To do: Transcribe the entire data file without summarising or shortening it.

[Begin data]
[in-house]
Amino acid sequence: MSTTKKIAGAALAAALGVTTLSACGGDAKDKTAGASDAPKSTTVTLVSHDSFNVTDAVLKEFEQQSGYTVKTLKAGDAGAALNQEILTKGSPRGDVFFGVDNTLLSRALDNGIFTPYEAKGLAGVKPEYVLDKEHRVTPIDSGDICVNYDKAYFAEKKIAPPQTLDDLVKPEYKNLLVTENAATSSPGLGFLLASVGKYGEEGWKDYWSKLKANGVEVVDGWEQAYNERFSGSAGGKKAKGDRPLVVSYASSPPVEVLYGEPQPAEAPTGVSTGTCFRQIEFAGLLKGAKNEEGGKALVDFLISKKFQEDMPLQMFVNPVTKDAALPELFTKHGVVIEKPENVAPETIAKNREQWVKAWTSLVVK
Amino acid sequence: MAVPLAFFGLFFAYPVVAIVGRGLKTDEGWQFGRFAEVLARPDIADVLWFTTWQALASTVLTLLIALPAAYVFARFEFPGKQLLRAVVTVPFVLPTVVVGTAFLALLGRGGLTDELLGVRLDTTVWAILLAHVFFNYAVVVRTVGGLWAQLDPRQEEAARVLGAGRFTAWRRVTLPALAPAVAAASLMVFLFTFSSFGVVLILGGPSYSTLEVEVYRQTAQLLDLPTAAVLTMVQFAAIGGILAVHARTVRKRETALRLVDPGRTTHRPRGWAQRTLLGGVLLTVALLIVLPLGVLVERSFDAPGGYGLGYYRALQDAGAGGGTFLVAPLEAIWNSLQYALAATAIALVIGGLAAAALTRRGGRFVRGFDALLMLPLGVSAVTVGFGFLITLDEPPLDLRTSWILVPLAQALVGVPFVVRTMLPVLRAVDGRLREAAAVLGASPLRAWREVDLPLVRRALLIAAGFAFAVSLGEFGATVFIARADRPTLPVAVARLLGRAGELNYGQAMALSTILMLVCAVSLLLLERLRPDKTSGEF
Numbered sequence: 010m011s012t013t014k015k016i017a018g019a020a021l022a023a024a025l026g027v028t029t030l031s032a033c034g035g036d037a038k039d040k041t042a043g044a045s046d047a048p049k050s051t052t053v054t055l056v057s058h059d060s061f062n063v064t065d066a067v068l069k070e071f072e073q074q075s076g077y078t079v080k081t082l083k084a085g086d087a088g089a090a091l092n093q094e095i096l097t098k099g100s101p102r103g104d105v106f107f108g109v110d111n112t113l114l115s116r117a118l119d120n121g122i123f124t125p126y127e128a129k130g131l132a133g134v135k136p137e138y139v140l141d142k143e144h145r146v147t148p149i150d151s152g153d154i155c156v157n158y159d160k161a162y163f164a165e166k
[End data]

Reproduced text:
[in-house]
Amino acid sequence: MSTTKKIAGAALAAALGVTTLSACGGDAKDKTAGASDAPKSTTVTLVSHDSFNVTDAVLKEFEQQSGYTVKTLKAGDAGAALNQEILTKGSPRGDVFFGVDNTLLSRALDNGIFTPYEAKGLAGVKPEYVLDKEHRVTPIDSGDICVNYDKAYFAEKKIAPPQTLDDLVKPEYKNLLVTENAATSSPGLGFLLASVGKYGEEGWKDYWSKLKANGVEVVDGWEQAYNERFSGSAGGKKAKGDRPLVVSYASSPPVEVLYGEPQPAEAPTGVSTGTCFRQIEFAGLLKGAKNEEGGKALVDFLISKKFQEDMPLQMFVNPVTKDAALPELFTKHGVVIEKPENVAPETIAKNREQWVKAWTSLVVK
Amino acid sequence: MAVPLAFFGLFFAYPVVAIVGRGLKTDEGWQFGRFAEVLARPDIADVLWFTTWQALASTVLTLLIALPAAYVFARFEFPGKQLLRAVVTVPFVLPTVVVGTAFLALLGRGGLTDELLGVRLDTTVWAILLAHVFFNYAVVVRTVGGLWAQLDPRQEEAARVLGAGRFTAWRRVTLPALAPAVAAASLMVFLFTFSSFGVVLILGGPSYSTLEVEVYRQTAQLLDLPTAAVLTMVQFAAIGGILAVHARTVRKRETALRLVDPGRTTHRPRGWAQRTLLGGVLLTVALLIVLPLGVLVERSFDAPGGYGLGYYRALQDAGAGGGTFLVAPLEAIWNSLQYALAATAIALVIGGLAAAALTRRGGRFVRGFDALLMLPLGVSAVTVGFGFLITLDEPPLDLRTSWILVPLAQALVGVPFVVRTMLPVLRAVDGRLREAAAVLGASPLRAWREVDLPLVRRALLIAAGFAFAVSLGEFGATVFIARADRPTLPVAVARLLGRAGELNYGQAMALSTILMLVCAVSLLLLERLRPDKTSGEF
Numbered sequence: 010m011s012t013t014k015k016i017a018g019a020a021l022a023a024a025l026g027v028t029t030l031s032a033c034g035g036d037a038k039d040k041t042a043g044a045s046d047a048p049k050s051t052t053v054t055l056v057s058h059d060s061f062n063v064t065d066a067v068l069k070e071f072e073q074q075s076g077y078t079v080k081t082l083k084a085g086d087a088g089a090a091l092n093q094e095i096l097t098k099g100s101p102r103g104d105v106f107f108g109v110d111n112t113l114l115s116r117a118l119d120n121g122i123f124t125p126y127e128a129k130g131l132a133g134v135k136p137e138y139v140l141d142k143e144h145r146v147t148p149i150d151s152g153d154i155c156v157n158y159d160k161a162y163f164a165e166k